Robert Reich looks at why there is no revolution or massive progressive reform in the US. I think this is a great list of large, systemic problems weighted against active progressive politics. But it's also missing what we're missing: chickening out on describing where liberals are failing when we could perhaps be succeeding.
What's Left Out:
Economic elites win when they create a sense of separation between ordinary people. We no longer divide according to "all politics is local," where we fight for our district, or for our economic class. Instead we separate by our psychology into groups that feel good together. One of the biggest issues has been the success of conservatives in pulling the proud, working poor into their camp: Democrats do not give underpaid workers dignity in our rhetoric.
The left used to proclaim that "all value is created by labor," and now we proclaim that Walmart workers are abused and mistreated -- it's economically true, but sounds like we're talking about a sad puppy. The Republicans offer these people pride and hope: "I believe you are strong enough to succeed without charity." Working people -- who do the real tasks we most need done -- have pride, and the Republicans have offered them pride (even as their policies guarantee workers will be deeply underpaid) while the Democrats have offered them pity (and a somewhat better paycheck). We need to recognize the value of core work (making stuff, not shifting stocks) and demand that real working people are paid fairly, rather than offered aid. Walmart workers are underpaid for working hard: when we want to rectify that they don't receive a fair day's pay for a fair day's work it is about preventing theft, not about charity.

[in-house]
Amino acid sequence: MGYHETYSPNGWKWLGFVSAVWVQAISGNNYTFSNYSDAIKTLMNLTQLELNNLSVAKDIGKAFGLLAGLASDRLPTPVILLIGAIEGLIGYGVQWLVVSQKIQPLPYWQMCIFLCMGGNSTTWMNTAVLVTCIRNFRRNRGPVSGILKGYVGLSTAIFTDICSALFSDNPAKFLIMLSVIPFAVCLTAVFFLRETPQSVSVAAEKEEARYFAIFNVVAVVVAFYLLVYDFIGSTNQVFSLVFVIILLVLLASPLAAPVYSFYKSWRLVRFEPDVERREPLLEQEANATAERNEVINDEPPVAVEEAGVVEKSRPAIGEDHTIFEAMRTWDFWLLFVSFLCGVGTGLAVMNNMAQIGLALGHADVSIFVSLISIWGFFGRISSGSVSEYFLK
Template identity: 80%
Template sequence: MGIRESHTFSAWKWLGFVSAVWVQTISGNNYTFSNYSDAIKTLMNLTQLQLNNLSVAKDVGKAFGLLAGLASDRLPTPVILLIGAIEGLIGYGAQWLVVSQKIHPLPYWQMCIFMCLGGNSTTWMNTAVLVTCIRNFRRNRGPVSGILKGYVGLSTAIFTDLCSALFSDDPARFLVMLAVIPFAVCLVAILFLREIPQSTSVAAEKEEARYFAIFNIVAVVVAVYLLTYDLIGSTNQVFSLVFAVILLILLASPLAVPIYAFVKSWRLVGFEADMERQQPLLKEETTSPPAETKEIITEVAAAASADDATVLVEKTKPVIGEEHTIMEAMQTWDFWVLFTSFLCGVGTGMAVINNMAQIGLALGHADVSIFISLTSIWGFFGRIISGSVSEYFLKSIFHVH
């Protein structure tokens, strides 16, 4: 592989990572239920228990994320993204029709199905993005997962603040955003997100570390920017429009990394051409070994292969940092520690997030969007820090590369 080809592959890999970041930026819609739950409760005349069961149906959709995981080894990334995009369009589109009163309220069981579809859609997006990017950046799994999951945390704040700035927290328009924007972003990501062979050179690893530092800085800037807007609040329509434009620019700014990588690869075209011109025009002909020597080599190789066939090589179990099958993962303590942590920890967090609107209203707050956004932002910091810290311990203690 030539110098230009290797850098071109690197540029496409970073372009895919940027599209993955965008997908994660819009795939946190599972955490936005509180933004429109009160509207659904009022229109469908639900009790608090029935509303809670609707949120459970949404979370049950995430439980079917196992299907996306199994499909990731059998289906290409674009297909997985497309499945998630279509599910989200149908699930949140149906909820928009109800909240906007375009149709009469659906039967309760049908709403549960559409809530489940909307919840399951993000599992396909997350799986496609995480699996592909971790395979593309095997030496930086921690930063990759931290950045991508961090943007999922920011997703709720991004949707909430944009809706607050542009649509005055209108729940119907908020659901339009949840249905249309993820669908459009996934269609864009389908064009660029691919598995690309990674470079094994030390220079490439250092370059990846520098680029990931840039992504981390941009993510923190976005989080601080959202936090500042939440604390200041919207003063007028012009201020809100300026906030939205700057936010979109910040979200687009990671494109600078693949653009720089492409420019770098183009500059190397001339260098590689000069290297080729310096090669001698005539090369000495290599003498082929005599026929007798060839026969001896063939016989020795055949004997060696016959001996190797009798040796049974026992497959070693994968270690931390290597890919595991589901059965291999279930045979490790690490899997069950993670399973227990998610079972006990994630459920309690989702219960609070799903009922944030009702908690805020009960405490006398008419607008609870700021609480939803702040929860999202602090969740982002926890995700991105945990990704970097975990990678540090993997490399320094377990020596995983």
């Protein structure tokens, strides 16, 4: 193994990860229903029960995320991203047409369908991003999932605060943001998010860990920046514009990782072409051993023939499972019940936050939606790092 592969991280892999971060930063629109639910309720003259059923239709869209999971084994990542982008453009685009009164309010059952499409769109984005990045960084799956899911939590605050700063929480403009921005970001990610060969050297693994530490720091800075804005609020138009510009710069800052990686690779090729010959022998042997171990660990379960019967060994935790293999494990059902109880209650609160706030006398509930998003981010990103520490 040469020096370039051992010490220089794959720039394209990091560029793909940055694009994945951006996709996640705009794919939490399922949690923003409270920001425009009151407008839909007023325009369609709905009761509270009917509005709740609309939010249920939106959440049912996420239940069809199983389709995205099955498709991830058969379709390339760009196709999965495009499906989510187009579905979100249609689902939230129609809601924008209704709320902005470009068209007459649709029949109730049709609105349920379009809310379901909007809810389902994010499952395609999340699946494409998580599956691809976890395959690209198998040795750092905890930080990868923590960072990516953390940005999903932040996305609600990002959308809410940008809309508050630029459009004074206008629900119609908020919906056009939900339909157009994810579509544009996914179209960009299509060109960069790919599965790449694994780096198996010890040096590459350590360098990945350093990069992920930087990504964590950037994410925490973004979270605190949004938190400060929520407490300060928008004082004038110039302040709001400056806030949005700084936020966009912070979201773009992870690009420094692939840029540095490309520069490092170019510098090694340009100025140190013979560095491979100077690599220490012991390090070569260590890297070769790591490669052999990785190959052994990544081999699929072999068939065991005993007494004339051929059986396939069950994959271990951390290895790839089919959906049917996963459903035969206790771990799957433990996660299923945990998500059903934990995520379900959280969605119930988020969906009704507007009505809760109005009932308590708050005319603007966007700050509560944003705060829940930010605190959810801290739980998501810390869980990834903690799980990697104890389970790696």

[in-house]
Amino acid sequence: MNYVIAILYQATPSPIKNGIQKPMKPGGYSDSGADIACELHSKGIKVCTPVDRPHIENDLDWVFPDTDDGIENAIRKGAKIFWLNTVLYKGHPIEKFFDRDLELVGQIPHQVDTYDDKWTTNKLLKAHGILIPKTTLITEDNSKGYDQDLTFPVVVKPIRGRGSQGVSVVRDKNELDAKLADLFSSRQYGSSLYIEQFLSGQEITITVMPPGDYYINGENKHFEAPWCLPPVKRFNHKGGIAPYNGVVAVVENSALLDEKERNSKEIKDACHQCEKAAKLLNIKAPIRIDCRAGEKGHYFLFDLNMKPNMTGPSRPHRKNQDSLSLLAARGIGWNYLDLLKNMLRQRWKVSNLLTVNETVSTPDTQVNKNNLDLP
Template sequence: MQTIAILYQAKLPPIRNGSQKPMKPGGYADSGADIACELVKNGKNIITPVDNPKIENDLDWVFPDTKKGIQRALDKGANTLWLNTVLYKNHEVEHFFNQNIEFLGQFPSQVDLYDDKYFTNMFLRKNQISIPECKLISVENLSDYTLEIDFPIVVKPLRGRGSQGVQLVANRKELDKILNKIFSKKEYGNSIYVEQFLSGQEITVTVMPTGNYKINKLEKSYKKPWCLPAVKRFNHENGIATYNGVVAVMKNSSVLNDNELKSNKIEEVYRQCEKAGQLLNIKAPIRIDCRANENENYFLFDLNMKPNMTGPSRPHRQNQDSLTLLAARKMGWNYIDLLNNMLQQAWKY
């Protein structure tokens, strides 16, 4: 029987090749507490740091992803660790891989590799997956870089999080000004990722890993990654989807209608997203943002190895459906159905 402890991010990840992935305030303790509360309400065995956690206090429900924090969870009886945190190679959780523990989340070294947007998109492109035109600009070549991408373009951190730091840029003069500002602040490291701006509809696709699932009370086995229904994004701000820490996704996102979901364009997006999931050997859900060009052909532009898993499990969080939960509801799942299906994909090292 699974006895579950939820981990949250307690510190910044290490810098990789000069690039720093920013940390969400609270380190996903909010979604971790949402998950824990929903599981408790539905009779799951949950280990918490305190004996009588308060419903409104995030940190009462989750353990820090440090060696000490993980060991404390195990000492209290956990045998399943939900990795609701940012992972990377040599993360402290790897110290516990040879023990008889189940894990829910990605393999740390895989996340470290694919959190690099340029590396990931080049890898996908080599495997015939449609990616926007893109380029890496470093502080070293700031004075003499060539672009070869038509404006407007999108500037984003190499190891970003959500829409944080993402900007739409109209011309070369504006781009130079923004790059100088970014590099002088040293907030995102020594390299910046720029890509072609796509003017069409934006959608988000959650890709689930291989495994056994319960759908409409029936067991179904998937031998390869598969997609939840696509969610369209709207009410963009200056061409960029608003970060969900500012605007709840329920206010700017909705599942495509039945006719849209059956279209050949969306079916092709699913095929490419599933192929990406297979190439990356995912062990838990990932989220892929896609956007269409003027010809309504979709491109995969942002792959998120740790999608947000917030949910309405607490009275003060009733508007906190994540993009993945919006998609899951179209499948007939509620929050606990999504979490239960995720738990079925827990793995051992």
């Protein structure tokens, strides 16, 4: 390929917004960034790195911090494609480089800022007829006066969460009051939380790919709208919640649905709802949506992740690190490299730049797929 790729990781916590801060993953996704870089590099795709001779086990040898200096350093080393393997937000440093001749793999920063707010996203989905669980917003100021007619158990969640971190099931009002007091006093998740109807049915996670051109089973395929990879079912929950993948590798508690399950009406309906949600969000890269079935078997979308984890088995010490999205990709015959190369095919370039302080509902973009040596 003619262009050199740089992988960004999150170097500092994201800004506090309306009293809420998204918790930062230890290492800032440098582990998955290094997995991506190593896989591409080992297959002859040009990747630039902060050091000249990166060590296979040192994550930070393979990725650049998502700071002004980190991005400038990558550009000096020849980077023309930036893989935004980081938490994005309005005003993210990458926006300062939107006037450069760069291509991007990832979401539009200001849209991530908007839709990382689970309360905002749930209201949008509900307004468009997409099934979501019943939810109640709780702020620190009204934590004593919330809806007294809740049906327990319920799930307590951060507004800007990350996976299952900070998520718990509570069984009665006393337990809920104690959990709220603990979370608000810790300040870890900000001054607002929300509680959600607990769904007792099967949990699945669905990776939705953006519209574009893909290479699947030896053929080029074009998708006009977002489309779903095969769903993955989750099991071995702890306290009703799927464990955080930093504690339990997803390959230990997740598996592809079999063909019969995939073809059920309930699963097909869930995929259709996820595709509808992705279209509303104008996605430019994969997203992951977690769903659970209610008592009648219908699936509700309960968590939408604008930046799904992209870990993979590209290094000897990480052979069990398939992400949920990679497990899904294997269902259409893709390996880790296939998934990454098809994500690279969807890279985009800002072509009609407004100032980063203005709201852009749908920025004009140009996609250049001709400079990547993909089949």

- Encourage a strong message from the left Workers Create All Wealth to widen the window. Point out this philosophy as the opposite to the Republican's desire to pay desperate, hard-working people only desperation wages, then take the middle of the window paying doctors and CEOs more, but not so vastly more, than lower-skilled workers.
- Never mix the values of empathy and fairness. We can also promote empathic policies: someone who cannot contribute their fair share in our world still gets a roof over their head and medical care... but this charitable desire has nothing to do with why a Walmart worker or a farmer who picks the strawberries you have on your table deserves a fair day's pay. Don't talk about welfare and fair pay in the same conversations.
- Focus on the value of core needs, the pride people should feel for doing real work: food on our tables, teachers for our kids.